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Three Sixty owner Marvin Wanders (R) took time to listen to residents during the community meeting to discuss the new library Nov. 16 at the high school.  

New Richmond residents got their first opportunity to meet and ask questions of representatives from Three Sixty Real Estate Solutions Tuesday, Nov. 16, during a community meeting to discuss plans for the new library.

The city announced on Oct. 27 that it had chosen to partner with Three Sixty to develop, design and construct a new mixed-use public library at the site formerly known as the Community Commons at 421 S. Green Ave. 

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Three Sixty Development Specialist Jeremy Novak told audience members that it will take 45-75 days for the team to put together initial concepts for the new library based on the feedback they receive. 

They’re hoping a public private partnership can reverse a history of unsuccessful attempts to build a new library and address the funding fatigue being experienced by the community.

Friday Memorial Library was originally constructed in 1963 with the last addition being added in 1989. In 1963, the library served a community of 4,500 people. Today it serves a population of more than 22,000.

City Administrator Noah Wiedenfeld told the audience of about 70 people the library of the 21st century is no longer just a place to park books.  

“The 21st century library has natural lighting, open space, flexible furniture, power outlets and wireless internet throughout the building. There’s a variety of meeting spaces whether you are meeting with two or three people or a large gathering of 50 to 75 people. We have off-street parking. The library is really becoming a multi-purpose community space where there are a variety of programs and activities throughout the day. It’s not just a place where you pick up a book and return a book and go home,” Wiedenfled said.

The City is envisioning a single site development that could include complimentary uses like high speed internet access, programming for a growing population of senior citizens, child care and housing for all stages of life while keeping the library as the primary focus all within walking distance of downtown. 

“We’re looking at a blend of different uses: cultural, residential, commercial and institutional all in one space. This could be in one building, it could be in multiple buildings, one level or multiple levels. We don’t know that yet,” explained Wiedenfeld.

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New Richmond residents got their first opportunity to meet and ask questions of representatives from Three Sixty Real Estate Solutions, Tuesday, Nov. 16, during a community meeting to discuss plans for the new library. 

Although the city has set aside about $1 million for the project, it is hoping a public private partnership might bring other fiscally responsible funding solutions to the table, sparing the community from a prolonged fundraising campaign and higher taxes.

Long-term, multiple uses could mean multiple tenants and a long-term revenue source.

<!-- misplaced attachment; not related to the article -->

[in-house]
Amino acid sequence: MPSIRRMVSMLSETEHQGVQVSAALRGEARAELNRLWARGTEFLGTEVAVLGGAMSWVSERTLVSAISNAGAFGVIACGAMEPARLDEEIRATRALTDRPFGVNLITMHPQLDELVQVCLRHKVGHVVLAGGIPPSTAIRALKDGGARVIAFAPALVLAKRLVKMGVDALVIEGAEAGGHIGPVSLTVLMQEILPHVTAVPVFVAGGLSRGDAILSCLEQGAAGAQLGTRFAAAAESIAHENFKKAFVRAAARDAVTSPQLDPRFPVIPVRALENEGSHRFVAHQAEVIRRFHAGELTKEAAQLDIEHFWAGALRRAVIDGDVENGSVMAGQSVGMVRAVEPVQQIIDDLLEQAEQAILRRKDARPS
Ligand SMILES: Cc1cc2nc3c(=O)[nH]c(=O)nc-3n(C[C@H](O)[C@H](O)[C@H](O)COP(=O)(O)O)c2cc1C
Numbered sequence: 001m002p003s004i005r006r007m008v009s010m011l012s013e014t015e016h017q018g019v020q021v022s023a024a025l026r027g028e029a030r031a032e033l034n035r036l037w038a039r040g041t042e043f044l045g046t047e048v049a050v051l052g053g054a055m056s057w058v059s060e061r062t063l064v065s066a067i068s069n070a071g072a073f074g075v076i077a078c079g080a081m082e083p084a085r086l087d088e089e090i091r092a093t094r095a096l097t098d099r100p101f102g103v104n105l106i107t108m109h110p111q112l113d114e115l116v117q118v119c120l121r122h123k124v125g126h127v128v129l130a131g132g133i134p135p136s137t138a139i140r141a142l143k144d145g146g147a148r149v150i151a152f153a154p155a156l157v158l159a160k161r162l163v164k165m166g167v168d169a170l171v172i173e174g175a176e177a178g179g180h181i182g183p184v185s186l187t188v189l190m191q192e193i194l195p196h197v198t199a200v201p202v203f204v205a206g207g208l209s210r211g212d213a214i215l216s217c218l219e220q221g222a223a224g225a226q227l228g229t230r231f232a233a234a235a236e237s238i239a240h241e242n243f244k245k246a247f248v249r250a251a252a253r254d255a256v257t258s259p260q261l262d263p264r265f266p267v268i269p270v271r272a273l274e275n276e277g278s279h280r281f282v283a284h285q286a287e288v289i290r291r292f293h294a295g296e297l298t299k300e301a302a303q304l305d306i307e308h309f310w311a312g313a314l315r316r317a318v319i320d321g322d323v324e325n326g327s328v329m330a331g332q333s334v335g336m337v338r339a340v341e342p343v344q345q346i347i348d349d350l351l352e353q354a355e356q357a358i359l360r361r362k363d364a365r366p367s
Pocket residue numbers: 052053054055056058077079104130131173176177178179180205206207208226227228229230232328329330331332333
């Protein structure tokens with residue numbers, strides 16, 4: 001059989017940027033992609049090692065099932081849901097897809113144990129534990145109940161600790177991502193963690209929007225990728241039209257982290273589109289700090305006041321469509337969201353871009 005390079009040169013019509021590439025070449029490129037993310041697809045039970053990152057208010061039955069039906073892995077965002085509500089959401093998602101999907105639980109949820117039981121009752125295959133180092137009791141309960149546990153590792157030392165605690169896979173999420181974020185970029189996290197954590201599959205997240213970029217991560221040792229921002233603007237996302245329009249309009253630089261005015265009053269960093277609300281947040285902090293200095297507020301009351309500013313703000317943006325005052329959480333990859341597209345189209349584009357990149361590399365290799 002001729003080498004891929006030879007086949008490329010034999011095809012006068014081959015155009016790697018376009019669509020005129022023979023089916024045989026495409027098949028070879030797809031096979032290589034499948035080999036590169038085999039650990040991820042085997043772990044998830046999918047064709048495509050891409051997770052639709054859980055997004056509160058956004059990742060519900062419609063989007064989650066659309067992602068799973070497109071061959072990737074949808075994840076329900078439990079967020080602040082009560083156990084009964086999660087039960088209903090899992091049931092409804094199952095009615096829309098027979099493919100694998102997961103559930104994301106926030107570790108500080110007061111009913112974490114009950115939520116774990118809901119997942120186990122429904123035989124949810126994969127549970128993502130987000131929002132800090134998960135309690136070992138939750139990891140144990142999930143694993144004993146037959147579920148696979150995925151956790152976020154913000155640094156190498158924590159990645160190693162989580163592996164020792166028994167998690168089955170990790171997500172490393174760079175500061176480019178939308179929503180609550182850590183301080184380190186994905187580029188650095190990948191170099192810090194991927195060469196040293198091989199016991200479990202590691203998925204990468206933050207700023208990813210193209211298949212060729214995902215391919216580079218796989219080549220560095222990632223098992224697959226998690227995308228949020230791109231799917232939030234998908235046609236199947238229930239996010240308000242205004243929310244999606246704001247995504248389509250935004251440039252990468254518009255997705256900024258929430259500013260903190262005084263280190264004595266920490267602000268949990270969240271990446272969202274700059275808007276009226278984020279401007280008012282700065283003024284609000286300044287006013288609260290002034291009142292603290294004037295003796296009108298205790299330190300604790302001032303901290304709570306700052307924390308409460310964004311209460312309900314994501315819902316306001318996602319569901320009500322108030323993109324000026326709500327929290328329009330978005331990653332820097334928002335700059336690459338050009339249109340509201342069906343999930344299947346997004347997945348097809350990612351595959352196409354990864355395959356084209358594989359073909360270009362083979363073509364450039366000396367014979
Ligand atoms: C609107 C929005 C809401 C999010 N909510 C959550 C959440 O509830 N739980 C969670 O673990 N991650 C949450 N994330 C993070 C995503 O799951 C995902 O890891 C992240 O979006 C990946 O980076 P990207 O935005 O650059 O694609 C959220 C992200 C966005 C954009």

Wiedenfeld concluded by presenting an ambitious timeline for the project:

  • Community engagement and initial site plan development continues into early 2022.

  • Financial Feasibility: concurrent with site plan development, develop financial strategy.

  • Permitting and approvals summer of 2022.

  • Break ground late summer or early fall 2022.

  • Occupy in fall of 2023.

Three Sixty development specialist Jeremy Novak told audience members that it will take 45-75 days for the team to put together initial concepts based on the feedback they receive. 

“It’s a process. We have a good general timeline laid out but it's a process. This is the first step of the process, community engagement, getting feedback, hearing what the neighborhood has to say,” Novak said.

Novak suggested that it is important to hear from all corners of the community including kids. 

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New Richmond resident Anna Charpentier provided her feedback about a new library during the community meeting Nov. 16 at the high school. 

“On past projects, we’ve actually gone into mIddle schools and asked for feedback from those 13 and 14 year olds because we know they need places to hang out, too. Kids have a vested interest in this, too,” said Novak.

“This has been a strong priority for the City Council, the School Board and the Library Board. A large percentage of the  community is saying, ‘Enough talk, it's time for action. Let’s get this library done, but let's make sure we do it right,’” Wiedenfeld said. “A library serves you whether you’re 3 years old or 93 years old. It’s a place for everybody, so we need to get feedback from everybody.”

Additional opportunities for community input are being planned. Incorporating as much feedback as possible will be critical to the success of a project that will serve as a legacy to a growing community looking to solidify its identity as forward thinking and inclusive.

Tom Lindfors is a western Wisconsin freelance journalist and former Star-Observer reporter. Contact him at tom@lindforsphoto.com

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